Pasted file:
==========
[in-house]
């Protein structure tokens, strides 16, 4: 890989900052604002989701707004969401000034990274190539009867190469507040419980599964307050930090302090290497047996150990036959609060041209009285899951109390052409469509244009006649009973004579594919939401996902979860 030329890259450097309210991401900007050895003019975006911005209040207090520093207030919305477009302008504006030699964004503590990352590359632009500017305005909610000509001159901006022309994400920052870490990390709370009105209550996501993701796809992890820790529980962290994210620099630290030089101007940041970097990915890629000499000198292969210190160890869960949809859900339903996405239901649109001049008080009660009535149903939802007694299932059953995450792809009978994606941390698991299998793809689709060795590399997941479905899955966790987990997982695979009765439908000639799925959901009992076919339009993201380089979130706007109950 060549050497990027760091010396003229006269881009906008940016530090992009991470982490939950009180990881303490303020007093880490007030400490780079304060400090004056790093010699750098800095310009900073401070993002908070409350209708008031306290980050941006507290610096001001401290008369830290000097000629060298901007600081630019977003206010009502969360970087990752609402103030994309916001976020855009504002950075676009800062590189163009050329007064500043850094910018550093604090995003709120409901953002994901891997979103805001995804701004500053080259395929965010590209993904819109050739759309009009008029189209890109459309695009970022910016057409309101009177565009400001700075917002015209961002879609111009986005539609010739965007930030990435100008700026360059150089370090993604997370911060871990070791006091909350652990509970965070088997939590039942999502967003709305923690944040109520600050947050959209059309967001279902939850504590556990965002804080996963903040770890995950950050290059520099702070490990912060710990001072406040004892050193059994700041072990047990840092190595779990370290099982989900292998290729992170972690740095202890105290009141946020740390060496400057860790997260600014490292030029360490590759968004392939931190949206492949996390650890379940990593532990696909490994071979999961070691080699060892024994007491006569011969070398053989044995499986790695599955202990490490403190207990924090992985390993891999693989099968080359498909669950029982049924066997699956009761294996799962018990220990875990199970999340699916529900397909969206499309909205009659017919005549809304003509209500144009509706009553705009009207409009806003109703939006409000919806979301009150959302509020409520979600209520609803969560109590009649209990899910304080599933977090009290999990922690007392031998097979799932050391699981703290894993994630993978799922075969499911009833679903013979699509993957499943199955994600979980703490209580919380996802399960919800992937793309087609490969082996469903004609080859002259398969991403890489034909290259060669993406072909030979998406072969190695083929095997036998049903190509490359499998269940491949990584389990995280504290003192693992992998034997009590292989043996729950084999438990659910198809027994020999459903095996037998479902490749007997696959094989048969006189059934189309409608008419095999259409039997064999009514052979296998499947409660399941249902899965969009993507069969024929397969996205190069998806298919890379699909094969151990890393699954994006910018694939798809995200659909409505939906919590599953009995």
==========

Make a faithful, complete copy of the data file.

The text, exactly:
[in-house]
């Protein structure tokens, strides 16, 4: 890989900052604002989701707004969401000034990274190539009867190469507040419980599964307050930090302090290497047996150990036959609060041209009285899951109390052409469509244009006649009973004579594919939401996902979860 030329890259450097309210991401900007050895003019975006911005209040207090520093207030919305477009302008504006030699964004503590990352590359632009500017305005909610000509001159901006022309994400920052870490990390709370009105209550996501993701796809992890820790529980962290994210620099630290030089101007940041970097990915890629000499000198292969210190160890869960949809859900339903996405239901649109001049008080009660009535149903939802007694299932059953995450792809009978994606941390698991299998793809689709060795590399997941479905899955966790987990997982695979009765439908000639799925959901009992076919339009993201380089979130706007109950 060549050497990027760091010396003229006269881009906008940016530090992009991470982490939950009180990881303490303020007093880490007030400490780079304060400090004056790093010699750098800095310009900073401070993002908070409350209708008031306290980050941006507290610096001001401290008369830290000097000629060298901007600081630019977003206010009502969360970087990752609402103030994309916001976020855009504002950075676009800062590189163009050329007064500043850094910018550093604090995003709120409901953002994901891997979103805001995804701004500053080259395929965010590209993904819109050739759309009009008029189209890109459309695009970022910016057409309101009177565009400001700075917002015209961002879609111009986005539609010739965007930030990435100008700026360059150089370090993604997370911060871990070791006091909350652990509970965070088997939590039942999502967003709305923690944040109520600050947050959209059309967001279902939850504590556990965002804080996963903040770890995950950050290059520099702070490990912060710990001072406040004892050193059994700041072990047990840092190595779990370290099982989900292998290729992170972690740095202890105290009141946020740390060496400057860790997260600014490292030029360490590759968004392939931190949206492949996390650890379940990593532990696909490994071979999961070691080699060892024994007491006569011969070398053989044995499986790695599955202990490490403190207990924090992985390993891999693989099968080359498909669950029982049924066997699956009761294996799962018990220990875990199970999340699916529900397909969206499309909205009659017919005549809304003509209500144009509706009553705009009207409009806003109703939006409000919806979301009150959302509020409520979600209520609803969560109590009649209990899910304080599933977090009290999990922690007392031998097979799932050391699981703290894993994630993978799922075969499911009833679903013979699509993957499943199955994600979980703490209580919380996802399960919800992937793309087609490969082996469903004609080859002259398969991403890489034909290259060669993406072909030979998406072969190695083929095997036998049903190509490359499998269940491949990584389990995280504290003192693992992998034997009590292989043996729950084999438990659910198809027994020999459903095996037998479902490749007997696959094989048969006189059934189309409608008419095999259409039997064999009514052979296998499947409660399941249902899965969009993507069969024929397969996205190069998806298919890379699909094969151990890393699954994006910018694939798809995200659909409505939906919590599953009995």